Death of Conservative MP David Amess was terrorism, say police4 min read

UK police on Saturday said the killing of a leading backbench MP from the governing Conservative party was terrorism, with indications of a potential motivation” linked to “Islamist extremism”.

The declaration, shortly after midnight local time, came after Sir David Amess, described as a “fine public servant” by the prime minister, was killed on Friday after being stabbed multiple times at a constituency meeting in south-east England.

London’s Metropolitan Police said searches of two addresses in London — not far from the scene of the murder in Leigh-on-Sea, in Essex — were under way. “These are ongoing,” it said.

There was no immediate indication where in the capital the addresses being searched were.

The force said a 25-year-old man arrested at the scene on suspicion of murder was British.

“Senior national co-ordinator for counter-terrorism policing, Deputy Assistant Commissioner Dean Haydon, formally declared the incident as terrorism,” a statement from the Met said. “The early investigation has revealed a potential motivation linked to Islamist extremism.”

The force said the investigation was being led by officers from the Met’s counter-terrorism command, working closely with the Eastern Region Specialist Operations Unit and Essex Police.

The death of Amess raised fresh concerns about the safety of MPs at their constituency meetings.

He is the second parliamentarian to be killed in such circumstances in just over five years, following the stabbing of Labour’s Jo Cox in 2016 shortly before she had been due to hold a surgery, where MPs meet local people face to face to hear about their concerns. Stephen Timms, another Labour MP, was seriously injured when he was stabbed at just such a constituency meeting in 2010.

Timms on Friday evening paid tribute to Amess as a “kind and generous man”.

Amess’ death also highlighted the increasingly hostile environment MPs have faced in recent years, including abuse on social media.

Prime minister Boris Johnson praised Amess as one of the “kindest, nicest, most gentle” people in parliament. “We’ve lost today a fine public servant and a much-loved friend and colleague.” Johnson said Amess had “believed passionately in this country and in its future”.

Amess, 69, served as a Tory MP for almost four decades, representing Southend West since 1997.

He was hosting a surgery for constituents at the Belfairs Methodist church in Leigh-on-Sea when a man entered the building and stabbed him several times.

Essex Police said at the time a 25-year-old man had been arrested “on suspicion of murder” and a knife recovered.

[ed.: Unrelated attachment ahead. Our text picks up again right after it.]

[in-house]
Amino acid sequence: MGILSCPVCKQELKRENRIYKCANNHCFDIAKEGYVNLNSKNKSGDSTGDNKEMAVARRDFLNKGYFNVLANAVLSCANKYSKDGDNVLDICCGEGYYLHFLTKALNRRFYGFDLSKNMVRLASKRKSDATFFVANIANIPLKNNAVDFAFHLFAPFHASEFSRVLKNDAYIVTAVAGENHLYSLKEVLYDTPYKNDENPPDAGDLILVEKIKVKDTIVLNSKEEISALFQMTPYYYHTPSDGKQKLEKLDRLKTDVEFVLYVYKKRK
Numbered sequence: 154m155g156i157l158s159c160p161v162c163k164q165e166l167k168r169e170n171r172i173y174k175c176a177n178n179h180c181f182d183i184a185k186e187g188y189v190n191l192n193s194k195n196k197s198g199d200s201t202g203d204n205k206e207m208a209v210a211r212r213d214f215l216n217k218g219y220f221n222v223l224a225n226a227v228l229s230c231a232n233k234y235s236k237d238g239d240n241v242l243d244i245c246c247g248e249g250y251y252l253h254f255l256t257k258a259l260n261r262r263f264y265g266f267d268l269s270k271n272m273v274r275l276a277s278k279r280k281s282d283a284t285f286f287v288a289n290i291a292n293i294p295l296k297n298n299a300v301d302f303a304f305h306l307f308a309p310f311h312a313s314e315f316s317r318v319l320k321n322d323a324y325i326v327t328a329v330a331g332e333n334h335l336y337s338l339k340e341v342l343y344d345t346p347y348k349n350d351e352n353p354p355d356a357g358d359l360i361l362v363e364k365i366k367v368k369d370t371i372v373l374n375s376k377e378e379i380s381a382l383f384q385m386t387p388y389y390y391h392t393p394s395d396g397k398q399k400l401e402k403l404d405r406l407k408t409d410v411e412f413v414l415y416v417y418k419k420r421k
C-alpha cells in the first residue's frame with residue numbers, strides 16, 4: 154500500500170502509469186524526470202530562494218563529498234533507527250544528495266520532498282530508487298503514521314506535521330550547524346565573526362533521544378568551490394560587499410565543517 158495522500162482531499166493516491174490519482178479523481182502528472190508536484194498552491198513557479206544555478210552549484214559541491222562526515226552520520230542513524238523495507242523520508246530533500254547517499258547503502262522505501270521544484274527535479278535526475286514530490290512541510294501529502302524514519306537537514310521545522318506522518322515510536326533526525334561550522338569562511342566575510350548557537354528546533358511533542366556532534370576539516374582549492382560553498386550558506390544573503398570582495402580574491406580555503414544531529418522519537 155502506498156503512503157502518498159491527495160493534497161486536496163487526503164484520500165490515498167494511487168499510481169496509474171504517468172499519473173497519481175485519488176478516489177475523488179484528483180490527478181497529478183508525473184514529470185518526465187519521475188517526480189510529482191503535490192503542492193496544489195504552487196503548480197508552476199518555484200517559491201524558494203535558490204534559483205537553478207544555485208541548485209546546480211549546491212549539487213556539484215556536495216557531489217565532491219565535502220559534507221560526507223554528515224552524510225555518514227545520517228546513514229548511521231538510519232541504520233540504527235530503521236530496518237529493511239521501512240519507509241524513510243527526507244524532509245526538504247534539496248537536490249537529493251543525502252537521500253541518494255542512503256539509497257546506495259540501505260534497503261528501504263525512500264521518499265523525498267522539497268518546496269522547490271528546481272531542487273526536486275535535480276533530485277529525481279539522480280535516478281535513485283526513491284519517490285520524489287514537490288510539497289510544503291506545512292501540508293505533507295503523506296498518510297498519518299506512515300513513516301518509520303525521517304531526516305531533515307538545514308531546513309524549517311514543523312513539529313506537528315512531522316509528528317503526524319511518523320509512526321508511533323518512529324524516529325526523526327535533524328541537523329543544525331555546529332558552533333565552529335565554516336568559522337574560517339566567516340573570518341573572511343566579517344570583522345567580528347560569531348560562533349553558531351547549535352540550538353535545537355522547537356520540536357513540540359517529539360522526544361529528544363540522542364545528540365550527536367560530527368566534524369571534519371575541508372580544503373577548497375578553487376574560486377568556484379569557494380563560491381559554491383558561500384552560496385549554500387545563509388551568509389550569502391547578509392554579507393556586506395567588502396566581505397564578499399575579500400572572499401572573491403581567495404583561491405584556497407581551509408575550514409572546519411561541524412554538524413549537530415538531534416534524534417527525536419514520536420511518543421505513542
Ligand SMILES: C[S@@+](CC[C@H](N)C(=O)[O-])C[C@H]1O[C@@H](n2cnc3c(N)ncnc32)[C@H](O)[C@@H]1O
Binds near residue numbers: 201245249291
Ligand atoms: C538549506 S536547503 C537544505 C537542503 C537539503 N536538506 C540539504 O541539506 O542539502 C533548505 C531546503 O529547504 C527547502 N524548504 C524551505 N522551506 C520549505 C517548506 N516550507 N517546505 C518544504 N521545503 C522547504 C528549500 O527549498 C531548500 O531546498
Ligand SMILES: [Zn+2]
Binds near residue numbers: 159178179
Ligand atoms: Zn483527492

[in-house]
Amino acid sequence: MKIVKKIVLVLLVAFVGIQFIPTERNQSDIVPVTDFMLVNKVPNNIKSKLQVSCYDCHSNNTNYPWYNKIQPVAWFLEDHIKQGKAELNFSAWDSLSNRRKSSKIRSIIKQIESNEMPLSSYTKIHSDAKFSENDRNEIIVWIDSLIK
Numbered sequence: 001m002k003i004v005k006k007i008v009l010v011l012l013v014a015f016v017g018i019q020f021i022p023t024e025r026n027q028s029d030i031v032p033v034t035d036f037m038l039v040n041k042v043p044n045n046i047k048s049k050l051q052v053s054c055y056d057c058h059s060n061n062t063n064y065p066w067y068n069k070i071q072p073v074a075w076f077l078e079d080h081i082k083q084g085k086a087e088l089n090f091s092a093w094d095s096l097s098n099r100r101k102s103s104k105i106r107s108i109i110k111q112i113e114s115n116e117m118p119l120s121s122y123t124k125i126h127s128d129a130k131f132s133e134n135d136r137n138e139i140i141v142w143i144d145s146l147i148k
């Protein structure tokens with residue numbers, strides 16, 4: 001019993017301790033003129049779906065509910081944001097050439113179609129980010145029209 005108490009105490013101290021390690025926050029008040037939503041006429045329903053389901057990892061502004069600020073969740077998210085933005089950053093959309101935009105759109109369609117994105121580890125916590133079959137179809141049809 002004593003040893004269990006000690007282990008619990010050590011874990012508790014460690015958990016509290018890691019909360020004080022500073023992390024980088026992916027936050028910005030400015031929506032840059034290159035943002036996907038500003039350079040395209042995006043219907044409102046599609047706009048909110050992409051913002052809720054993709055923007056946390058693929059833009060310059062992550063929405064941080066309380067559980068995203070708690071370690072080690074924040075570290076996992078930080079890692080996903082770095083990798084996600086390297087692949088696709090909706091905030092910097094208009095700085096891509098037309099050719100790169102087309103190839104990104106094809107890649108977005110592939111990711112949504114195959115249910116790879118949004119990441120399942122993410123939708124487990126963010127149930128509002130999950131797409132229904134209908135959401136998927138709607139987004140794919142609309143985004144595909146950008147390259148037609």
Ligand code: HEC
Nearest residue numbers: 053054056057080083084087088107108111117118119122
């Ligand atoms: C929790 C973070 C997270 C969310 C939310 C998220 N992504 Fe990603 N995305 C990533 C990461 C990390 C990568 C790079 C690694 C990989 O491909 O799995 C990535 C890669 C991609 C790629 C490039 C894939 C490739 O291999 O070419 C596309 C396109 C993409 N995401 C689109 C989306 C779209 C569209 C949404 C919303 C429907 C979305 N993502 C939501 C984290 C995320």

Home secretary Priti Patel had asked all forces to review security arrangements for MPs with immediate effect, said a Home Office spokesperson.

Patel said Amess’ death represented “a senseless attack on democracy itself”, adding “questions are rightly being asked about the safety of our country’s elected representatives”.

Sir Lindsay Hoyle, Speaker of the House of Commons, praised Amess as a man devoted to his constituency and said the incident would “send shockwaves across the parliamentary community and the whole country”.

“In the coming days we will need to discuss and examine MPs’ security and any measures to be taken, but for now, our thoughts and prayers are with David’s family, friends and colleagues,” he added.

Amess had himself highlighted how threats to MPs have made them less accessible to voters. In his memoir, published this year, he wrote “these increasing attacks have rather spoilt the great British tradition of the people openly meeting their elected politicians”.

First elected an MP in 1983 when Margaret Thatcher was the Conservative prime minister, Amess was an ardent champion for Southend-on-Sea, a large coastal town, and frequently called for it to be granted city status.

He was a pro-Brexit campaigner, a member of the Leave Means Leave pressure group and an advocate for animal welfare.

Amess was a practising Catholic and supported socially conservative values. He is survived by his wife Julia, a son and four daughters.

Praise for Amess came from across the political spectrum. Sir Keir Starmer, leader of the opposition Labour party, said it was “a dark and shocking day” for the UK, adding: “We have, heartbreakingly, been here before.”

Jacqui Smith, a former Labour home secretary and chair of the Jo Cox Foundation set up after her murder, said: “This is a tragic loss for those who knew and loved Sir David . . . I knew him as a generous and dedicated colleague in parliament. Public life must be safe for those we ask to serve in our democracy.”

Sir Ed Davey, leader of the Liberal Democrats, described Amess’ death as “tragic and horrible” news. “A truly terrible day for British politics but most importantly of all our prayers are with all the people who loved David,” he said.

Nicola Sturgeon, Scotland’s first minister and leader of the Scottish National party, also paid tribute to Amess.

“In a democracy, politicians must be accessible and open to scrutiny, but no one deserves to have their life taken while working for and representing their constituents,” she said.

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